Cultural Revolutions

Carl F.H. Henry, R.I.P.

The greatest intellectual leader of the evangelical movement of the 20th century quietly passed away in his sleep at a retirement home in Watertown, Wisconsin, on December 7, at the age of 90.  A scholar with the heart of an evangelist, Dr. Henry represented all of the strengths of the new evangelicalism, while exhibiting few of its flaws.

Often called “the thinking man’s Billy Graham,” Dr. Henry, along with Harold Ockenga and Graham (his friend from Wheaton College), was one of the architects of the neo-evangelical movement of the 1940’s.  The three concluded that fundamentalism had become too sectarian and anti-intellectual to be able to speak the truth of the Gospel to the neopagan culture that had emerged in the United States following World War II.

Ockenga coined the term neo-evangelicals to describe Protestants who remained committed to the fundamentals of Protestant Christianity but repudiated the cultural isolationism of the fundamentalists.  Using the platform of the mass “crusade”—and, later, the powerful medium of television—Billy Graham quickly became the movement’s figurehead.  Dr. Henry, however, was its chief intellectual force, writing The Uneasy Conscience of Modern Fundamentalism (1947), in which he called for a repudiation of extreme separatism among those who cherish the Gospel.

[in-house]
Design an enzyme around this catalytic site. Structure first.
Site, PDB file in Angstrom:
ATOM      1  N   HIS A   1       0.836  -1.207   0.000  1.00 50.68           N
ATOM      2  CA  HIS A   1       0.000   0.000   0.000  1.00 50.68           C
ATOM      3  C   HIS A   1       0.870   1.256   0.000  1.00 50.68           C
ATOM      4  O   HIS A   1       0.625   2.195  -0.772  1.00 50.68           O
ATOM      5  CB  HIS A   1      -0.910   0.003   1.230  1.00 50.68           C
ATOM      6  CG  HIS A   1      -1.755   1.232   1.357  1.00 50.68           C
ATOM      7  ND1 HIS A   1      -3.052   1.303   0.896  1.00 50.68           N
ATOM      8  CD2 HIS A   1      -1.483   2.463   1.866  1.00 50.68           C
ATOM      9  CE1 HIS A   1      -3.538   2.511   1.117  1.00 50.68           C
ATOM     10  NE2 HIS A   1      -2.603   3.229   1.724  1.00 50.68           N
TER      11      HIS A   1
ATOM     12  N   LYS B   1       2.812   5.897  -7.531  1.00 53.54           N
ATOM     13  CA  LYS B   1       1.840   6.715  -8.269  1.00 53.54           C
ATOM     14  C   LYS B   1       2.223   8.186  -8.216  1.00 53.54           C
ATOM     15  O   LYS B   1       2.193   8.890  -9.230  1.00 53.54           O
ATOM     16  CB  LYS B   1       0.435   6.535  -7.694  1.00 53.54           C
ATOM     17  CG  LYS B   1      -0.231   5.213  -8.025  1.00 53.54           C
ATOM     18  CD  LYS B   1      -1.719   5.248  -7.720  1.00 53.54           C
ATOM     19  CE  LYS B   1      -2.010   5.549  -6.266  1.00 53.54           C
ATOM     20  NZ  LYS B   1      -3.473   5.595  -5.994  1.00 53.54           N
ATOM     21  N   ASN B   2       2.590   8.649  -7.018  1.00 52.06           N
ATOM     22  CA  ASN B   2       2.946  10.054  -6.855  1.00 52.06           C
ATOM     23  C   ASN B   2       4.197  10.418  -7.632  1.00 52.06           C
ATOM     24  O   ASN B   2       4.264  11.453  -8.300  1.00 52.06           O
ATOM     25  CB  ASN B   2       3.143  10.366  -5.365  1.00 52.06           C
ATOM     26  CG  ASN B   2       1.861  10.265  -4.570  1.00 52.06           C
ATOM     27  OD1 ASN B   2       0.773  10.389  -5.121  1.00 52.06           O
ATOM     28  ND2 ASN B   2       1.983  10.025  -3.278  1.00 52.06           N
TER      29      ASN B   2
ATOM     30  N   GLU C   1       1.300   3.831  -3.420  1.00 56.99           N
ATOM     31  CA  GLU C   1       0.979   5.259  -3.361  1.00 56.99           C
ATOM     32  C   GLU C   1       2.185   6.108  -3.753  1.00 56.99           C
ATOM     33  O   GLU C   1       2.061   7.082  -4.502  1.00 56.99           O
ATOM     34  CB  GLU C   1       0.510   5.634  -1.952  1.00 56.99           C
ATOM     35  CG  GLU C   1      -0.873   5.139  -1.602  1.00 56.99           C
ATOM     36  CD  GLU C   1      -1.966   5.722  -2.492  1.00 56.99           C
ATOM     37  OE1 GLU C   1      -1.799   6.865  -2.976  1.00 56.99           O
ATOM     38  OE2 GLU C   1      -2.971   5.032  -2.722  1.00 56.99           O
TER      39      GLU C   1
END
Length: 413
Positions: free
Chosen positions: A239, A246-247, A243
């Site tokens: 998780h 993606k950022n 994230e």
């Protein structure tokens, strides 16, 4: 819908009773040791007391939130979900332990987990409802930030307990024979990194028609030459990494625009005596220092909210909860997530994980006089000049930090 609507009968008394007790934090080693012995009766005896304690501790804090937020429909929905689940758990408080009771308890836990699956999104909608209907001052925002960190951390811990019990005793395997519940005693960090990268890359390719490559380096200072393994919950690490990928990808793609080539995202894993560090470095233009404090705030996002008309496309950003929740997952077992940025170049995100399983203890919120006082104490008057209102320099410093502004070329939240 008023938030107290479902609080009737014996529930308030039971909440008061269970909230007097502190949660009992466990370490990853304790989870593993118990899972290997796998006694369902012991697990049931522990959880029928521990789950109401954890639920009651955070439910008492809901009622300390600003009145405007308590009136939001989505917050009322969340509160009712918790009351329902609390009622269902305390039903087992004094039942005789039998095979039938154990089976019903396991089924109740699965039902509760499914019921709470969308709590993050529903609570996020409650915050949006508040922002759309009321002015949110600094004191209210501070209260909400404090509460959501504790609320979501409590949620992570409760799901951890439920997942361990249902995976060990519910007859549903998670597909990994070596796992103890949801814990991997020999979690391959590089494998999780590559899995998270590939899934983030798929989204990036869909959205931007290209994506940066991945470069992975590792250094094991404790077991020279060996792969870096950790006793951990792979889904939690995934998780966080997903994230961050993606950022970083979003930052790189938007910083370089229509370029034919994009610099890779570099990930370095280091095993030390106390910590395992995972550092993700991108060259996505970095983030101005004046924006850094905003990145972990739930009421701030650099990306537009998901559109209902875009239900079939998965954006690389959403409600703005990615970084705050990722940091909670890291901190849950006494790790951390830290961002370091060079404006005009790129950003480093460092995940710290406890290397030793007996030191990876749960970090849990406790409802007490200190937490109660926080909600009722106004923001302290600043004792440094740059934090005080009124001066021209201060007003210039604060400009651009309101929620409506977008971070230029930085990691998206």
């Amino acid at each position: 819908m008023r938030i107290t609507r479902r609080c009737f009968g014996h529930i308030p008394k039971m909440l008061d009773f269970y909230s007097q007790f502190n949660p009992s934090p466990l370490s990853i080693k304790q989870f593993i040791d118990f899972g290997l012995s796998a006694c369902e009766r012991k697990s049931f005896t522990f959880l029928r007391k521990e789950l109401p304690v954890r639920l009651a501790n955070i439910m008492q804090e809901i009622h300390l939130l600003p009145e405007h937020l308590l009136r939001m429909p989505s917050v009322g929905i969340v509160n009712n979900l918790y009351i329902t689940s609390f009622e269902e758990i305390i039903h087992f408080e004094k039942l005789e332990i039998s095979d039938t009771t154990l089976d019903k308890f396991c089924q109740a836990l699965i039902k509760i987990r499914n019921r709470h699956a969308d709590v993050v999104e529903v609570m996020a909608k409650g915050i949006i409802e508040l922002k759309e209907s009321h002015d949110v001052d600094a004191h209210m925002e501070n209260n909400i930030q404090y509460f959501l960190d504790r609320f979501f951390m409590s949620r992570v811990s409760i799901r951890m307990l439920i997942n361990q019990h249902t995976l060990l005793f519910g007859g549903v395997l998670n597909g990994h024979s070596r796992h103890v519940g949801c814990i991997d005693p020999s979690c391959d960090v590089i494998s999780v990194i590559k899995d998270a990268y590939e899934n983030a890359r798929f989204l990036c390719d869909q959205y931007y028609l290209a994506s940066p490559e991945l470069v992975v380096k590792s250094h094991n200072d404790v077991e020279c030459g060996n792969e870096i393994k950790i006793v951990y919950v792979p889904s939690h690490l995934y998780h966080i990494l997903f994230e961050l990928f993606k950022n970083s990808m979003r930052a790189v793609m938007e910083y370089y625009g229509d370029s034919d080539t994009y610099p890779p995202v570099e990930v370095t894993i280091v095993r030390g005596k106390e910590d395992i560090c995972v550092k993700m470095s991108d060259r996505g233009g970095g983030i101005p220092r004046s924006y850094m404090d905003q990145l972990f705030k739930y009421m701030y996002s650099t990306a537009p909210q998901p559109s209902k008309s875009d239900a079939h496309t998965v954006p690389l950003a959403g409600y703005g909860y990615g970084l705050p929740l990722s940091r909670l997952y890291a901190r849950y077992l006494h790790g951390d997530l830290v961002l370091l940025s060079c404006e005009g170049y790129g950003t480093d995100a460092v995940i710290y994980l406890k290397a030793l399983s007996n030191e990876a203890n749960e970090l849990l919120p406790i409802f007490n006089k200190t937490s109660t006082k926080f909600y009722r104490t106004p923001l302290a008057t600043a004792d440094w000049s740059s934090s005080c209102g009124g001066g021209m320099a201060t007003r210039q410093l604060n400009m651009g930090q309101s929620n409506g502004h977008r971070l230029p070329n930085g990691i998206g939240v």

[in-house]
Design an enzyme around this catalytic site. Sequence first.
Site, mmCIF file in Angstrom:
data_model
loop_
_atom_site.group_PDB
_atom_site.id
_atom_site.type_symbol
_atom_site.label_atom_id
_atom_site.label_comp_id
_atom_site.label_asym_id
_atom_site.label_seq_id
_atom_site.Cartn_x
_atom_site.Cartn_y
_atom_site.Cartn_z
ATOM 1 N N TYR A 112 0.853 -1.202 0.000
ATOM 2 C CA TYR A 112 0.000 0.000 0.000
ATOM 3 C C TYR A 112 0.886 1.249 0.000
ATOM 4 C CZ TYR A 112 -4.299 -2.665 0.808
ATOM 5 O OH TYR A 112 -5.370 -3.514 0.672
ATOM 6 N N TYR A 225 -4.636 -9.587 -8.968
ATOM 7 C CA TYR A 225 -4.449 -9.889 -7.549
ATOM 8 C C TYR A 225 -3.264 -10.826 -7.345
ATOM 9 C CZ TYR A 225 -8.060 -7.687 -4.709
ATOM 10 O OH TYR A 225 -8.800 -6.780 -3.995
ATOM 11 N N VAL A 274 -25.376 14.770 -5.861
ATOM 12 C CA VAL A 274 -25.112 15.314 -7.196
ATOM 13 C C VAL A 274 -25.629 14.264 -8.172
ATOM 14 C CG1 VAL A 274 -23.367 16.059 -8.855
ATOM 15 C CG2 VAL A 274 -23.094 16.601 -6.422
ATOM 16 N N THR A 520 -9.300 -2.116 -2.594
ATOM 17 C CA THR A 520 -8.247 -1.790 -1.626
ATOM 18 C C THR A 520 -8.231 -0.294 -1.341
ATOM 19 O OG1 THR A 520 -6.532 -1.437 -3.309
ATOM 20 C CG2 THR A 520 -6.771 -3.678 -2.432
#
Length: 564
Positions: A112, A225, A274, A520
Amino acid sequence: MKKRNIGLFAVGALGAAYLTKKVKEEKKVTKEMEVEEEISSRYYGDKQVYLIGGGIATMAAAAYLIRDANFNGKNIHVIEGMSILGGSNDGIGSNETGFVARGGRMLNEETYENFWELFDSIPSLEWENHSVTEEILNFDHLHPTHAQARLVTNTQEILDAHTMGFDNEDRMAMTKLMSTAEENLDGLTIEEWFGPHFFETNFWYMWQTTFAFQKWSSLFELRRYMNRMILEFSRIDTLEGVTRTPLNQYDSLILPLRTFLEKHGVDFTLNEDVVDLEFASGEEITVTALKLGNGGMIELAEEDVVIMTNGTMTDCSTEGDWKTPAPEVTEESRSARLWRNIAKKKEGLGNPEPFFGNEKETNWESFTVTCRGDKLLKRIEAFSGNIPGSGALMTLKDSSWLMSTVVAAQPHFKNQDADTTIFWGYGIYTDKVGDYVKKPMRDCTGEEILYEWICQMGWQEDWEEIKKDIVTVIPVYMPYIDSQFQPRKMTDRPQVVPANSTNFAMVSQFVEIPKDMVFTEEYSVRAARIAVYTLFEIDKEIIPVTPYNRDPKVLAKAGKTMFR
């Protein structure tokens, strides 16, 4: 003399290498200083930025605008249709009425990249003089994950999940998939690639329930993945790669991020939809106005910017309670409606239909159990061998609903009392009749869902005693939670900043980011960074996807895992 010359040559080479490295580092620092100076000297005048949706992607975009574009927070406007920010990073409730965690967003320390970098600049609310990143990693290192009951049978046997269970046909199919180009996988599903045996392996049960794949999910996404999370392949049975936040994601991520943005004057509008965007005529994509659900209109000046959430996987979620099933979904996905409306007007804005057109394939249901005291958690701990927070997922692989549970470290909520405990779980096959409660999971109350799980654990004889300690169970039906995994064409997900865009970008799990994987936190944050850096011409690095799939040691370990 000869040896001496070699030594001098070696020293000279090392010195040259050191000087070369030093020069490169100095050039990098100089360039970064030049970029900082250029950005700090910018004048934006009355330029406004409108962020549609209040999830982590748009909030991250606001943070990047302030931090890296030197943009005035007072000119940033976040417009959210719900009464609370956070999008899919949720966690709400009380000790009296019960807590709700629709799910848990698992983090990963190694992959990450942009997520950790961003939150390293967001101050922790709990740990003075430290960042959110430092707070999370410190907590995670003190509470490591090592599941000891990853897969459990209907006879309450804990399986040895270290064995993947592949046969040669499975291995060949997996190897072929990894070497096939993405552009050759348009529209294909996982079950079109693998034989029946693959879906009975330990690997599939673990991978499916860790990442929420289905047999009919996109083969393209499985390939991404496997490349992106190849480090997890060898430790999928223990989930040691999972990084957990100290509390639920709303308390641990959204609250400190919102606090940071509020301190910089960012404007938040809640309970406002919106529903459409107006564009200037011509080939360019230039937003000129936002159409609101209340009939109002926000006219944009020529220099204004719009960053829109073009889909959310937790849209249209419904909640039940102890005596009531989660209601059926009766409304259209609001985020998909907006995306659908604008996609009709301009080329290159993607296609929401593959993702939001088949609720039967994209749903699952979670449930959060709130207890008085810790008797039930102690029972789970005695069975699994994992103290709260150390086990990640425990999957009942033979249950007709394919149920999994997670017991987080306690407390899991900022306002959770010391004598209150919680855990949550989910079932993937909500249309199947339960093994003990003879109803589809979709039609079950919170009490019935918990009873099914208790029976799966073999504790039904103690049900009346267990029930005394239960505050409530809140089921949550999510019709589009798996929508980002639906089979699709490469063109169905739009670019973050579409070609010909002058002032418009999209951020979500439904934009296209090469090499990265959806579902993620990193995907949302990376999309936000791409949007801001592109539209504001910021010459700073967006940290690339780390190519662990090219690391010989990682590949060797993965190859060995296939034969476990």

This was not a mere...

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